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World Beloved Human Day



Please know I understand and appreciate the sweet sentiment behind World Down Syndrome Day. We want to celebrate people with Trisomy 21, raise awareness of the condition, normalize it, challenge misunderstandings, squash prejudice...Hurray!


All good goals.


Yet I hope and pray for something else, something more. Way, way beyond celebrating this precious child of mine with a random extra chromosome.

An outlier myself, I’ve never been much of a joiner, so when I learned at my twelve-week sonogram that Isaac might be born with an extra 21st chromosome, I didn't rush to confirm a diagnosis, join a group, or even to learn more about it. Actually, I started to, but quickly discovered there was no telling much of anything about who Isaac would be.


One of the features of DS is that there's an unpredictably dramatic range of potential medical conditions, cognitive abilities, mental health risks, level of function, behaviors, etcetera. Honestly, even the best books only filled me with dread rather than the joyful anticipation of my baby boy's arrival. Moreover, as an overthinker of the most dangerous variety, I didn't need any help imagining this foreboding unknown future.


Having had a very challenging life myself, Isaac's diagnosis was a terrifying curve ball, one that filled me with anxiety, hard questions, and anger that God would allow this after all I'd already been through. Very Type A, I knew this was something no amount of hard work, analysis, or smarts would change.


I wondered how I could possibly be the right person for this job.


These are not easy things to admit over coffee.


Friends, family, Isaac's dad, doctors, specialists, pastors, and other DS moms sent my way all tried to comfort, encourage, and support me early in my process, but there was no way around it. I was alone...with God.


I still remember clearly nursing Isaac in his bedroom glider, cuddling him, gazing at his cute little face, weeping, and talking to God in uncensored terms. Day after day. Night after night. I read my Bible, searching for clues about what God was doing.


Then suddenly...that is, suddenly after months of agonized seeking...I was flooded with a sense of surpassing peace and the first sunlight of mystical joy that continues to stun me.


Grace.


Not only were none of my fears realized, but Isaac has also proven to be a custom-designed gift for me in the most intimate, knowing sense. I trust Isaac blesses others in unique ways, too.


I’ve also discovered that, much to my surprise, I’m very much the perfect gal for the job of being his mom.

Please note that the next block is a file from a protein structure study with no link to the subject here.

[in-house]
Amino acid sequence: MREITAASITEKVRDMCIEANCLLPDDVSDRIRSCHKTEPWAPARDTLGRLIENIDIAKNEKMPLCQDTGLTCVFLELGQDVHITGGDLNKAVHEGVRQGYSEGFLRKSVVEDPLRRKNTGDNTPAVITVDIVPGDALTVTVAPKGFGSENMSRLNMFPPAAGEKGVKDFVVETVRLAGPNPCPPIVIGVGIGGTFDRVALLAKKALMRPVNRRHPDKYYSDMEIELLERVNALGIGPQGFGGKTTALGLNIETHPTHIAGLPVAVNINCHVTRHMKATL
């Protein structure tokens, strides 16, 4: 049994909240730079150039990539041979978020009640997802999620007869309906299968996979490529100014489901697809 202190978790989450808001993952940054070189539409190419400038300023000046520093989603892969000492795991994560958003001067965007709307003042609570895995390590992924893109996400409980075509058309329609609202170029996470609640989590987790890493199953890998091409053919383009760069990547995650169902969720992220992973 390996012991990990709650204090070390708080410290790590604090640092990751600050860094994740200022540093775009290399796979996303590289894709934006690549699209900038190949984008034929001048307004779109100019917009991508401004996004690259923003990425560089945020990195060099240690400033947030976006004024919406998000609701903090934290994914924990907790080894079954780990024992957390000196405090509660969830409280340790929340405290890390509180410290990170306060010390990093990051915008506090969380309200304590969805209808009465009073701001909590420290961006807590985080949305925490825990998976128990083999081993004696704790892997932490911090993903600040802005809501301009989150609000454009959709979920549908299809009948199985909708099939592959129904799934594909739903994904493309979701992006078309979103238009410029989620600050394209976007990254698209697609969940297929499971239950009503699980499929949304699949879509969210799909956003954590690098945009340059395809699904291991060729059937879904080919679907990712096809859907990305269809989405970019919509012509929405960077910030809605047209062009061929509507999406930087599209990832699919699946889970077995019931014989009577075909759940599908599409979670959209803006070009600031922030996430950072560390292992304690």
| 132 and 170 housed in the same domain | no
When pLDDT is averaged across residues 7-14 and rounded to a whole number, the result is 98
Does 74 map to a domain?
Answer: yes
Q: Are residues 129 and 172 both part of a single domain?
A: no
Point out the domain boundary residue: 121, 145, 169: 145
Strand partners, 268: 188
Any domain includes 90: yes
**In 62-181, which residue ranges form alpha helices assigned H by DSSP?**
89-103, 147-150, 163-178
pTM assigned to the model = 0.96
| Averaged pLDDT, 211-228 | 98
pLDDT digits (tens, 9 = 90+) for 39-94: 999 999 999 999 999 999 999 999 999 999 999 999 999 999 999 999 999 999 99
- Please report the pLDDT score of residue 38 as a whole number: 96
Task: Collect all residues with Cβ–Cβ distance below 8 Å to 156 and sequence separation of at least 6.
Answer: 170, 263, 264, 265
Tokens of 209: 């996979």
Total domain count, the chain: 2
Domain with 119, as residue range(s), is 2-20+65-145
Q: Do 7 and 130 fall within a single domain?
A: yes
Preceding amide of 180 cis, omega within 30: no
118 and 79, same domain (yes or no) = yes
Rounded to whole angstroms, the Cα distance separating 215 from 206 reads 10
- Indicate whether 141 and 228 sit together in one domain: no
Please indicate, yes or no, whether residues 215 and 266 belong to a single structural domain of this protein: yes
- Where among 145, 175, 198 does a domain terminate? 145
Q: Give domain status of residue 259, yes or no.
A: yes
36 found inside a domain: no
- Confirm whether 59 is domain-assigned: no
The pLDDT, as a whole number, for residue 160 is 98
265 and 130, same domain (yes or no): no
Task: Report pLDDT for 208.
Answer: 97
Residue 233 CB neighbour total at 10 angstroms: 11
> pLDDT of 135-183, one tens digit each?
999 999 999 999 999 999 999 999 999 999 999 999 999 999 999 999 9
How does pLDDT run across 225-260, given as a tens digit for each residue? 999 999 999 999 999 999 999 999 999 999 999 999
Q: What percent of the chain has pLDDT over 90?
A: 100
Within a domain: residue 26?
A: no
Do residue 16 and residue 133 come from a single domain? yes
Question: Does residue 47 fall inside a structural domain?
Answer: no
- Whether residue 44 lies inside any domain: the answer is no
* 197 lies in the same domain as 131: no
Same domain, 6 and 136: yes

God did this. I hope it will encourage anyone dealing with a devastating or merely disappointing detour.


Let me say that this isn't just about the Down syndrome cliche of abounding love and perpetual fun. Okay, that's true. Isaac is way better at loving than average with a vast repertoire of insightful and effective loving expressions. Yes. Isaac is a special kind of delightful fun.


He's also a master manipulator, a whole new class of obstinate, special-messy, obstructively lazy, and has a distressing ability to hold petty, punitive—albeit fast-passing—grudges. Cognitively, saying he's delayed is simplistic and doesn't tell the whole story. While he can't read or write too well, I gather that he sees the world differently than the rest of us. Maybe more accurately. I'm convinced he has one foot in the heavenly realm.


Admittedly, some of these traits are well-documented among people with Down syndrome. But I know they vary greatly. Isaac's friends may share some common characteristics, but they’re unique individuals with their own personalities and physical attributes. They are so much more than their diagnosis, just as we all are.



This is where I want to land this plane today.


Yes, I do see the merit in Down Syndrome Day. I see the merit in International Women's Day, Hispanic Heritage Month, Autism Awareness Day, Black History Month, or any of the countless other observances based on one or more defining human characteristics, born or bred.


Recognizing and rejoicing in our differences is a beautiful thing. But there’s so much more to it!


More than ever before, I long for humanity to be unified. I want so much for us to know deeply, down to our toes that we’re one.


  • To get that we’re delightfully different by Divine design, but equally precious and beloved.

  • To understand that our most precious, common differentiator is our beloved humanity.

  • To realize there’s a transcendent Creator who can enter our most dastardly detours--including those we create--and do good in, for, and through us.

  • To rest in the knowledge that this sometimes tragically messy world isn’t the end of the story.

  • To be reassured that this God wants to help us not hurt us.

  • To know in our hearts and souls that we are so loved by God.


So loved.


It just happens that in my case, it was Isaac, who happens to have Down syndrome, who is teaching me all this.💙💛💙

“For God loved the world so much that he gave his only Son so that anyone who believes in him shall not perish but have eternal life. God did not send his Son into the world to condemn it, but to save it.” John 3:16-17 (TLB)


Thanks bunches! Love, Isabella



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